You have rated 181 titles*
 Most recent return: 23/Mar/10 i.e. 3 days ago
 Average time you keep DVDs at home: 23 days
 Movies/month: 2.7 by DVD | 0.3 by IW
 Your 1 at-a-time (Unlimited) plan costs $10.99/month
 Your cost: $4.12 per DVD | With IW: $3.66
 89% of FeedFliksers pay less than you per movie
The above stats reflect your activity over the most recent 3 months 

Thats significantly above the $1.06 price from RedBox. Yeah from the stats above, i'm not the ideal NetFlix user. What can I say? I'm a busy guy :)

Whats missing?
  • BlueRay - RedBox doesnt offer them. NetFlix charges me extra for them
  • RedBox has a terrible website. No queue to "remember" movies to watch, no way of rating them, getting recommendations etc. Over the last 10 years i've rated many movies, but their suggestion algorithm leaves a lot to be desired. They should take a page out of the Music Genome project.

I've mentioned before that I'm a fan of the "watch it when I feel like it" approach of NetFlix, but from the math above I can keep every RedBox movie for at least 3 days and still come out ahead. Between the higher cost, slower delivery time (5 minute run to the RedBox or 2-3 days of snailmail) and the poor/very old selection that comes from Netflix streaming I dont see how NetFlix can survive unless they change significantly.

Goodbye NetFlix, you're dead to me.

Wednesday, March 24, 2010

Thats it. Im going home

A little while ago I mentioned that Google was taking over my life and thats still true. But i'm not buying into web based applications replacing everything. Over the last couple of weeks I moved to using Google apps for all mail, calendaring, RSS feeds and browser. What won and what didn't and why?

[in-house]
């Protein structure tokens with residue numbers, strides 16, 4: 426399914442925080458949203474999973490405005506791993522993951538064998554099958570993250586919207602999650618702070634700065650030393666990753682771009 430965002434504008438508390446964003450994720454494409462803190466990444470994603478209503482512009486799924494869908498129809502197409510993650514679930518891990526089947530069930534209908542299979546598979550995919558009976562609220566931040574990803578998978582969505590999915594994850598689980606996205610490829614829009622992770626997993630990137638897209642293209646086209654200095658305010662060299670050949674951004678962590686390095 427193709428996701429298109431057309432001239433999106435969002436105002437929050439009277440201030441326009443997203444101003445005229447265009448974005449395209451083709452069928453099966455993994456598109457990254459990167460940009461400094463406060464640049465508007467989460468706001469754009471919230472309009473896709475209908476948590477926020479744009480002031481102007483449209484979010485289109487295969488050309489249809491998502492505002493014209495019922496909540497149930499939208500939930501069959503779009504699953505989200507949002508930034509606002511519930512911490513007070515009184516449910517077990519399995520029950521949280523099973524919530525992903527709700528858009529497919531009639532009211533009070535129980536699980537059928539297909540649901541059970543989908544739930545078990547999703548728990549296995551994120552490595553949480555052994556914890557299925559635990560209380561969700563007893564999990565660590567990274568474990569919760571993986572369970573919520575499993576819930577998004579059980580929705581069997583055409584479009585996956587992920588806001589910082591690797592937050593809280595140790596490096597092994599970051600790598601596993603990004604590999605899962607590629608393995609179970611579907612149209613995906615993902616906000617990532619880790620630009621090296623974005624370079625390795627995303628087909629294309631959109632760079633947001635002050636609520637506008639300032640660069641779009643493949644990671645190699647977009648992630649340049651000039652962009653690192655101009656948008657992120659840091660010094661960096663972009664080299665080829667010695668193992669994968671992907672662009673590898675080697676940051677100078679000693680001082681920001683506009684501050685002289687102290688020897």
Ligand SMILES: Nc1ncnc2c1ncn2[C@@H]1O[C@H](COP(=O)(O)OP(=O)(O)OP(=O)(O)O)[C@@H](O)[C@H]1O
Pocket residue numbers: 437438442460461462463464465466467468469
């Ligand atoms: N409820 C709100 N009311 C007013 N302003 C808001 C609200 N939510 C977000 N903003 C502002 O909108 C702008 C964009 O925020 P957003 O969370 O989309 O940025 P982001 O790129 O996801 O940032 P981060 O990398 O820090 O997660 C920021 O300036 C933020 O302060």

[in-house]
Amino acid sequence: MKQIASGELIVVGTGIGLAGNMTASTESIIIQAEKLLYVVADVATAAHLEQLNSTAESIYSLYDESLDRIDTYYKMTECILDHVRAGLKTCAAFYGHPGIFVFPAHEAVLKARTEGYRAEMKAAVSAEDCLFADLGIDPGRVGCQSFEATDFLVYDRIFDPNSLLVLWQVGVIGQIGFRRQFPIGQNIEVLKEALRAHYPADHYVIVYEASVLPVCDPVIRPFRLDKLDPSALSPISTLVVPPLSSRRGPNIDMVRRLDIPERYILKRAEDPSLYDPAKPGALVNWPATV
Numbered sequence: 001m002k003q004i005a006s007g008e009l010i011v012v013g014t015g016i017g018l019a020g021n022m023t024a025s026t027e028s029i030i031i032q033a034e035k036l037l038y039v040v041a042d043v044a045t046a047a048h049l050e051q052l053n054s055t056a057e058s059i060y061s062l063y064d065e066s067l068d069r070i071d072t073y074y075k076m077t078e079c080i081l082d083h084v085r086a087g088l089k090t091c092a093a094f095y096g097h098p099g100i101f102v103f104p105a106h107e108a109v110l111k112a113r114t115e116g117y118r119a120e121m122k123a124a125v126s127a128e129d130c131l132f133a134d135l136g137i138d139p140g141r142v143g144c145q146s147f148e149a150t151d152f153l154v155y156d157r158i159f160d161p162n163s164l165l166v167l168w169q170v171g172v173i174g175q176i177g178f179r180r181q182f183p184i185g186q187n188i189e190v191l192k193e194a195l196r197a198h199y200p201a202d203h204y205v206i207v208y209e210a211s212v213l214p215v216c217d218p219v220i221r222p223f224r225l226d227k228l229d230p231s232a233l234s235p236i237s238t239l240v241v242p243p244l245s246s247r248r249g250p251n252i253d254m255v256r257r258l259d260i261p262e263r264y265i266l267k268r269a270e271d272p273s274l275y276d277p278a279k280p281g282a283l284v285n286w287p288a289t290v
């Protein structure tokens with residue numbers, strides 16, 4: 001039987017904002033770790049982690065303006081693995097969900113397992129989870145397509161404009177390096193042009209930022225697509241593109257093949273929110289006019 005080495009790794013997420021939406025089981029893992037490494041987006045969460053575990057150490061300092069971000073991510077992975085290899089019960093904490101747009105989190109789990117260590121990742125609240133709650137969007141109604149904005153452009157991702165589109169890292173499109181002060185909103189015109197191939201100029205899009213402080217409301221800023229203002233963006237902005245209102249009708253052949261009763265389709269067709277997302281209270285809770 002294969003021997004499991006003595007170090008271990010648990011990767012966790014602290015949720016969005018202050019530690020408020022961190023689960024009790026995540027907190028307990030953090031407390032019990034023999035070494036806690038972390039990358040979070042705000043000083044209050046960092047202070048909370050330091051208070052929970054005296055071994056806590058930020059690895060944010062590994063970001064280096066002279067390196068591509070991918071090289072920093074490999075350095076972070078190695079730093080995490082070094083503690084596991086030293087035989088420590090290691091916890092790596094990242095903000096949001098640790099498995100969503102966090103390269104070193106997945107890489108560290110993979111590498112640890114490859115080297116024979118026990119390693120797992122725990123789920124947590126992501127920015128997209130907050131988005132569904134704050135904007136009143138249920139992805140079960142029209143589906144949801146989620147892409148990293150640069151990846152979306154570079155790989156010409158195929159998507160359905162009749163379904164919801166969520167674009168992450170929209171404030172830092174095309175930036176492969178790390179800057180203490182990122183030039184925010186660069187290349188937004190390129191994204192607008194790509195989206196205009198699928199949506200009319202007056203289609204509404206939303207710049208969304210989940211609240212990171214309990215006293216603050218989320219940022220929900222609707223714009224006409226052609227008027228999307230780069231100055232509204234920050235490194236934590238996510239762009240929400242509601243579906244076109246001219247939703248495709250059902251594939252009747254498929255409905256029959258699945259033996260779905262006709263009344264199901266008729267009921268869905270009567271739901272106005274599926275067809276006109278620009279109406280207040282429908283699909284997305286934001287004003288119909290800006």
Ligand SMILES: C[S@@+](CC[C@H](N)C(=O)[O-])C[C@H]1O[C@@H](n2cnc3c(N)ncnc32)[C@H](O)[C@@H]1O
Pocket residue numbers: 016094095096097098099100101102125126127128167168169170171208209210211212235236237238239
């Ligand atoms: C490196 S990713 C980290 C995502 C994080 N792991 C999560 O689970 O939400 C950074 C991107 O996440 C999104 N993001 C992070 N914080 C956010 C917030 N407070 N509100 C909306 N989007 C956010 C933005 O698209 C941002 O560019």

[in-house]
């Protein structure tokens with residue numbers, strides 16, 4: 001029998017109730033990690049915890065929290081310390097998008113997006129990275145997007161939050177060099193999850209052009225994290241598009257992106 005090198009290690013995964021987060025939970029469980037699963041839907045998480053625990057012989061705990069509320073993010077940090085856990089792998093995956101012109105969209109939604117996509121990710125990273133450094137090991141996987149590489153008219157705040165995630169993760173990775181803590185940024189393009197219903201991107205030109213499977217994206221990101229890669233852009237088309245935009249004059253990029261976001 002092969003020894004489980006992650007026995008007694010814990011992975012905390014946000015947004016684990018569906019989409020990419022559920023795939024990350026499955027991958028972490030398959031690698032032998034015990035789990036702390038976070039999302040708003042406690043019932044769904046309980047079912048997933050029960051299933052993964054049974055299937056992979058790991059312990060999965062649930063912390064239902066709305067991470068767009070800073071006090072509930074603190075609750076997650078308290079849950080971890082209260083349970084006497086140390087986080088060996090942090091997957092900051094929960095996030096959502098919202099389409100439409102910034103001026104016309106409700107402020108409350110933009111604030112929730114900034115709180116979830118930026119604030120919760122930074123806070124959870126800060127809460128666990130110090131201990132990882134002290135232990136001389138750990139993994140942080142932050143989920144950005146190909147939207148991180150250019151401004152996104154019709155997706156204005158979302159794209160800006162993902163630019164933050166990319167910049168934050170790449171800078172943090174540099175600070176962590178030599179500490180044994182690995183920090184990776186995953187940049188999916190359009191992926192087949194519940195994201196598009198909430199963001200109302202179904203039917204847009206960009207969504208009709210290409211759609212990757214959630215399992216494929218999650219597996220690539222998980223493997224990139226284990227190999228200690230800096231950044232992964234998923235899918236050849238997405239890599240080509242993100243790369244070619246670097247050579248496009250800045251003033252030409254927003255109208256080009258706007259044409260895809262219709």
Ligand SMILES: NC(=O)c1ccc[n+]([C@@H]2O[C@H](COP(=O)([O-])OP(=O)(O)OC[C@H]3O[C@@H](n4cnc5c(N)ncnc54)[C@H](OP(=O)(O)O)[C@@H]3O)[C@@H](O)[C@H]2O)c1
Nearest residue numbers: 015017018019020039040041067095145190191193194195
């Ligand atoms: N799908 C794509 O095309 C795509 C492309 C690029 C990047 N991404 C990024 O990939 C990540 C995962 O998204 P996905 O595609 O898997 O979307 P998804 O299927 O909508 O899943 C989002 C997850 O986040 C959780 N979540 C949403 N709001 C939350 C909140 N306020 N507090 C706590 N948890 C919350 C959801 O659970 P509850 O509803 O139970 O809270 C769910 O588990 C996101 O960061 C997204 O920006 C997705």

• Calendar - Success. Google calendar works, iCal doesnt except for the most basic (non business) purposes. Wrap it in fluid and you have a new life. DELETE iCal and pretend you were never haunted by it.
  • Browser - Success. So far Chrome is faster, more responsive and more extensible. I especially like the idea of removing ads in Chrome -- using googles browser to block google ads, something about that just makes me happy. The only thing i've missed is reasonable 1Password integration. There's something there now but its nasty and incomplete. There are some cool plugins for it that i'm using and i'm sure a ton more:
    • Google reader notifier - shows how far behind you are on your RSS reading
    • Chromed bird - watches for twitter updates for you
    • AdBlock - as mentioned
    • Google Voice - notifies you of waiting voicemail
    • ClickWeather - temperature at a glance and details at a click
  • Google Reader - Partial success. Its fine for now, i'd need real OSX Google Gears or HTML5 support to be a believer for offline access, but the interface is ok and i'm not missing NetNewsWire (which essentially became an offline reader for Google Reader). Any lag from a web app is tolerable because, lets face it, RSS isnt mission critical.
  • Mail - Failure. I tried it in a browser. I tried it with MailPlane. I tried it with Fluid. Its an ad-riddled interface covered with text and extra information with not enough control and odd lags as you try to move quickly through your mail. Sure search is nice, but since i'm using Gmail underneath IMAP I can always hop over to a browser if I need better searching. I found myself trying to get Fluid to act like mail - Growl, drag and drop attachments, no ads etc. MailPlane offered some of that (not ad removal) and was not free and so close (and in some ways behind) what you can do with fluid that it wasn't an option. Attaching something and pressing send should be an instant experience so you can move onto processing the next thing while things happen in the background. Until that works with these web based mail apps and works well, count me out. It especially didn't help that we had network slowness/outages during that time but thats also part of the point. I shouldnt have to care.